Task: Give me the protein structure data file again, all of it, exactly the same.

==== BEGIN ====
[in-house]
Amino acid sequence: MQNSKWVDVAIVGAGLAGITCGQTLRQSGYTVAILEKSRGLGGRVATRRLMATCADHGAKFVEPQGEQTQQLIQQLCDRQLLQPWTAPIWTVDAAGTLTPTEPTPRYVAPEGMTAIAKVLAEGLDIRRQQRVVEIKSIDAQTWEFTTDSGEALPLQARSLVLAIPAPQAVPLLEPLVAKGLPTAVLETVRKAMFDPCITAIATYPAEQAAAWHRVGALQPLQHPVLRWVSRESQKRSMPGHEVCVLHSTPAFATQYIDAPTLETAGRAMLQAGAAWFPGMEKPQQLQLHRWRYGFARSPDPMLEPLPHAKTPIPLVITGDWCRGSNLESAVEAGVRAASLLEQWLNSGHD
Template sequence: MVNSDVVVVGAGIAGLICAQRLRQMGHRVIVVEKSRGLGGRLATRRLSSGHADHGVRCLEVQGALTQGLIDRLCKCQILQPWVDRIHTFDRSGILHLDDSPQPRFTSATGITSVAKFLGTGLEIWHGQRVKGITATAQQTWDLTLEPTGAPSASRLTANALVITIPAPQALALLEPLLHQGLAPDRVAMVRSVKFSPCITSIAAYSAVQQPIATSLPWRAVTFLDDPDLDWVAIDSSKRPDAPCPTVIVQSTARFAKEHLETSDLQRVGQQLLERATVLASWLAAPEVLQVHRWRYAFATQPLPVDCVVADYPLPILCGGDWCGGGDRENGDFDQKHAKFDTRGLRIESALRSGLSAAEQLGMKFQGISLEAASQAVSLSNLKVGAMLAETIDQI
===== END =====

[in-house]
Amino acid sequence: MQNSKWVDVAIVGAGLAGITCGQTLRQSGYTVAILEKSRGLGGRVATRRLMATCADHGAKFVEPQGEQTQQLIQQLCDRQLLQPWTAPIWTVDAAGTLTPTEPTPRYVAPEGMTAIAKVLAEGLDIRRQQRVVEIKSIDAQTWEFTTDSGEALPLQARSLVLAIPAPQAVPLLEPLVAKGLPTAVLETVRKAMFDPCITAIATYPAEQAAAWHRVGALQPLQHPVLRWVSRESQKRSMPGHEVCVLHSTPAFATQYIDAPTLETAGRAMLQAGAAWFPGMEKPQQLQLHRWRYGFARSPDPMLEPLPHAKTPIPLVITGDWCRGSNLESAVEAGVRAASLLEQWLNSGHD
Template sequence: MVNSDVVVVGAGIAGLICAQRLRQMGHRVIVVEKSRGLGGRLATRRLSSGHADHGVRCLEVQGALTQGLIDRLCKCQILQPWVDRIHTFDRSGILHLDDSPQPRFTSATGITSVAKFLGTGLEIWHGQRVKGITATAQQTWDLTLEPTGAPSASRLTANALVITIPAPQALALLEPLLHQGLAPDRVAMVRSVKFSPCITSIAAYSAVQQPIATSLPWRAVTFLDDPDLDWVAIDSSKRPDAPCPTVIVQSTARFAKEHLETSDLQRVGQQLLERATVLASWLAAPEVLQVHRWRYAFATQPLPVDCVVADYPLPILCGGDWCGGGDRENGDFDQKHAKFDTRGLRIESALRSGLSAAEQLGMKFQGISLEAASQAVSLSNLKVGAMLAETIDQI